Amid an uproar

Ian Buruma has left the NYRB. It’s not currently clear if he was pushed or not.

Ian Buruma, the editor of The New York Review of Books, left his position on Wednesday amid an uproar over the magazine’s publication of an essay by a disgraced Canadian radio broadcaster who had been accused of sexually assaulting and battering women.

“Amid” – thus not ascribing causation. Careful.

After rumors about [the piece] began appearing on social media, it was published online last Friday, causing immediate furor, with some criticizing what they saw as a self-pitying tone, and soft pedaling of the accusations against him, which included slapping and choking, and had ultimately been brought by more than 20 women, rather than “several,” as Mr. Ghomeshi wrote.

In an interview last week with Isaac Chotiner of Slate, which was posted not long after the piece, Mr. Buruma, who was named top editor of The New York Review of Books in 2017, defended his decision to publish Mr. Ghomeshi’s piece, noting that while “not everyone agreed,” once the decision was made the staff “stuck together.”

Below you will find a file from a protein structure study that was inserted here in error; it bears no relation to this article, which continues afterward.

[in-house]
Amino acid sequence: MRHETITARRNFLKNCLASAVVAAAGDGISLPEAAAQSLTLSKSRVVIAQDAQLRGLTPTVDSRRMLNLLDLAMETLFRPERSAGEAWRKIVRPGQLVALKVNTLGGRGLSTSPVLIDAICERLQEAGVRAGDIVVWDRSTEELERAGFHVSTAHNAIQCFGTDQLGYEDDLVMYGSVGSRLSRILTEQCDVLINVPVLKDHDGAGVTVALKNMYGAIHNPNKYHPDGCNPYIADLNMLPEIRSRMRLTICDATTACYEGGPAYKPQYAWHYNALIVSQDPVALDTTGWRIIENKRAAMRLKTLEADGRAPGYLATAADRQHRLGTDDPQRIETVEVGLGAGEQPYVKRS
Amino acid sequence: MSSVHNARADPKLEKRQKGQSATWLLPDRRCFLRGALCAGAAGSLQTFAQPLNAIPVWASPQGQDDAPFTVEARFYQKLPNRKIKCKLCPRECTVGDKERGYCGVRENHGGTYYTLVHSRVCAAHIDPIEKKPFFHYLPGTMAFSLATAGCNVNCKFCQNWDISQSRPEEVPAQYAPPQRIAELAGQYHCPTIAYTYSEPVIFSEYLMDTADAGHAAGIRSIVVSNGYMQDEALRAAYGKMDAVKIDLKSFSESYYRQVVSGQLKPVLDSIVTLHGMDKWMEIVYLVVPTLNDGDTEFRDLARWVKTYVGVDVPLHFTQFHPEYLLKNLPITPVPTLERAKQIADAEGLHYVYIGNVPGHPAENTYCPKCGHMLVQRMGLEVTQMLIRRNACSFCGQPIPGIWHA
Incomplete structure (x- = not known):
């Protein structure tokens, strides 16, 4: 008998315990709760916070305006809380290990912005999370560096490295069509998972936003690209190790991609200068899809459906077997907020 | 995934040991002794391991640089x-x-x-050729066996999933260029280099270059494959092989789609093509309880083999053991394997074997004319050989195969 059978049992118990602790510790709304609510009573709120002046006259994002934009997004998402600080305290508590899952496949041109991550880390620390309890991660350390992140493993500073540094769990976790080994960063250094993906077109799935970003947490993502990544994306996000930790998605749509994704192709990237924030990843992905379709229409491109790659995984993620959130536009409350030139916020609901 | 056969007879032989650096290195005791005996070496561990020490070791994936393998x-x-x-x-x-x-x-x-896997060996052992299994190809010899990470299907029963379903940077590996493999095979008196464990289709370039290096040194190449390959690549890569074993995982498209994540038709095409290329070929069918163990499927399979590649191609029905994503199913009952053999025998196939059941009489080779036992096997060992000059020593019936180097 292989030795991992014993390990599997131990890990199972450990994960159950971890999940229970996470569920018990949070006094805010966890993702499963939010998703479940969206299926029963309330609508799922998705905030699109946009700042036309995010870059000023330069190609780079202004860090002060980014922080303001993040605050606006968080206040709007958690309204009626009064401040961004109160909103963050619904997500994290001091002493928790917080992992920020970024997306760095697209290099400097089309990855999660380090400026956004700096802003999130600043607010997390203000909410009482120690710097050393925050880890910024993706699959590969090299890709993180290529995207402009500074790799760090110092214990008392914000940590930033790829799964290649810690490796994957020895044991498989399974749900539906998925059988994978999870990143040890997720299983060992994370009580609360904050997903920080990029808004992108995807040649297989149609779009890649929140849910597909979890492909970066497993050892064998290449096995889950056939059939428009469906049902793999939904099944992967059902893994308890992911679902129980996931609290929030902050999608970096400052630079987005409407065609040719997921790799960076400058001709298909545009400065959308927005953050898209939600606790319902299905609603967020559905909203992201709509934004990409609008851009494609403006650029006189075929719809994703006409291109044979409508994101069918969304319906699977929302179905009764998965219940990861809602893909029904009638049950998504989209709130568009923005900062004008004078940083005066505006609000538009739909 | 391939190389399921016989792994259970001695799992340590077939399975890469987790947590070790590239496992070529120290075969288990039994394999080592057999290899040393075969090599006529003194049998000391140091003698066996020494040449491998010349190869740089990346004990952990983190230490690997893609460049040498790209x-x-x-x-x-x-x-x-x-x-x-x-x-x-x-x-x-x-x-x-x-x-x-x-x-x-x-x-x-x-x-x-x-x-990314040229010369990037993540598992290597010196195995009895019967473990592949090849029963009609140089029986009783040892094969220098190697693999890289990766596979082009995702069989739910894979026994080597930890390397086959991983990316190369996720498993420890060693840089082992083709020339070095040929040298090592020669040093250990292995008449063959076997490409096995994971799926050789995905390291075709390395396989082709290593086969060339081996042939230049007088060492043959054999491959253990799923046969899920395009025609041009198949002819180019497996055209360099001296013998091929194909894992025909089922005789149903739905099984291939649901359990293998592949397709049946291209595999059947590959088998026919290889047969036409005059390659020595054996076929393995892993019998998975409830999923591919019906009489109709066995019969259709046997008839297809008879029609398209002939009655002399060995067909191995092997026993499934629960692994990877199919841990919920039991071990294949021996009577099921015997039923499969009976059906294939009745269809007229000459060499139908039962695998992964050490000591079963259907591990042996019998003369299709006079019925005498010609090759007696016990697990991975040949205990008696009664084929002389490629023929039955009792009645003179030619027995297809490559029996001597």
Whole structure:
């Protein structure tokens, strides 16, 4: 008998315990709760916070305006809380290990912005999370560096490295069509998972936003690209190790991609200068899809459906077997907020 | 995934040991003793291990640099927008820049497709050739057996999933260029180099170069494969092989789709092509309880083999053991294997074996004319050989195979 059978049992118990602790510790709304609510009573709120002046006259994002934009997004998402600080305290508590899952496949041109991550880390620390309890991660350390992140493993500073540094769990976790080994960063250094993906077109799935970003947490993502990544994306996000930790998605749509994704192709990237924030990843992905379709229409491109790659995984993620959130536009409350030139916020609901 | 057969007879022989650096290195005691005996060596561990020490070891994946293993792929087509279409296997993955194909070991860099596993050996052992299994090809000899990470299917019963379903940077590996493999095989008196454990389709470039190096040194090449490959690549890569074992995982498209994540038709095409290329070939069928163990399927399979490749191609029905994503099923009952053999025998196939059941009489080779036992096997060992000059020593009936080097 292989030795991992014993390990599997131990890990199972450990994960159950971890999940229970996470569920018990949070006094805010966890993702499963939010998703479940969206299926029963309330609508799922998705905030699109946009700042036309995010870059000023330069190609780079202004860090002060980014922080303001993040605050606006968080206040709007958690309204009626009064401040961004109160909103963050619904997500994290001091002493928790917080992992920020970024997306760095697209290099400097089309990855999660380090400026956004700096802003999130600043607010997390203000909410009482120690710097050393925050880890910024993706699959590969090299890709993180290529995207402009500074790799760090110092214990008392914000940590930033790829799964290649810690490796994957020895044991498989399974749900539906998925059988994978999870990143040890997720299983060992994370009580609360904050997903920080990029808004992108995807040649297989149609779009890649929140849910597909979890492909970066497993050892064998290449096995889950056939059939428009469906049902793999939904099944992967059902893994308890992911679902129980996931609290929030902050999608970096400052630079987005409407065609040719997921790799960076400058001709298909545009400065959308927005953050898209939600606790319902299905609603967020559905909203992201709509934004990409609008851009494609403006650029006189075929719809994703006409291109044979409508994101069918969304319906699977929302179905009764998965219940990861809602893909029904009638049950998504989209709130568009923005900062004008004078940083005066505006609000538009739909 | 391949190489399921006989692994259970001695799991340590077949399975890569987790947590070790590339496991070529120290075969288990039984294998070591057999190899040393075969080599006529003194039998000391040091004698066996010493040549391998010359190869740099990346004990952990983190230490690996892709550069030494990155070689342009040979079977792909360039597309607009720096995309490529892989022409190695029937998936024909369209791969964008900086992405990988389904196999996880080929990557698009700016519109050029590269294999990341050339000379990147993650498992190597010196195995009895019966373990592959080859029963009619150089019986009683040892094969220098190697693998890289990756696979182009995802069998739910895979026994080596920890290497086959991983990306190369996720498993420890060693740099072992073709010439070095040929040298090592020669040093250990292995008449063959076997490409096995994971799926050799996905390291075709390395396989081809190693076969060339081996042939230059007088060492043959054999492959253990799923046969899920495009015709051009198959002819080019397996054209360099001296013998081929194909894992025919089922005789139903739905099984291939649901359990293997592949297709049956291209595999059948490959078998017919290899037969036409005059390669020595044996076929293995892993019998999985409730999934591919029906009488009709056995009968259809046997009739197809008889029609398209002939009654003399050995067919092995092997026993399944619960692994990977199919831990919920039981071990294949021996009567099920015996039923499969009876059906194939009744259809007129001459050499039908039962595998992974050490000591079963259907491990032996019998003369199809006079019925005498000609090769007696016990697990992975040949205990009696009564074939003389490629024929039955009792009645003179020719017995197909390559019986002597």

In his interview with Slate, when pressed by Mr. Chotiner about the several accusations of sexual assault against Mr. Ghomeshi, Mr. Buruma said: “I’m no judge of the rights and wrongs of every allegation. How can I be?” He also noted that Mr. Ghomeshi had been acquitted and said there was no proof he committed a crime, adding, “The exact nature of his behavior — how much consent was involved — I have no idea, nor is it really my concern.”

That was the really infuriating remark. I think what he meant was that he’s interested in Ghomeshi’s take, regardless of how badly behaved he was, as opposed to general indifference to how violently he may have abused women…but that still leaves unanswered the question why take such an abstract interest in a guy accused of treating female human beings as things to manipulate for his own pleasure? Why be so interested in the man accused of abusing women and so shruggy about the women who say he abused them? Why do women always come in a very distant second?

I suppose Bari Weiss will do a think piece on the foolhardiness of believing what women say about all these talented men.

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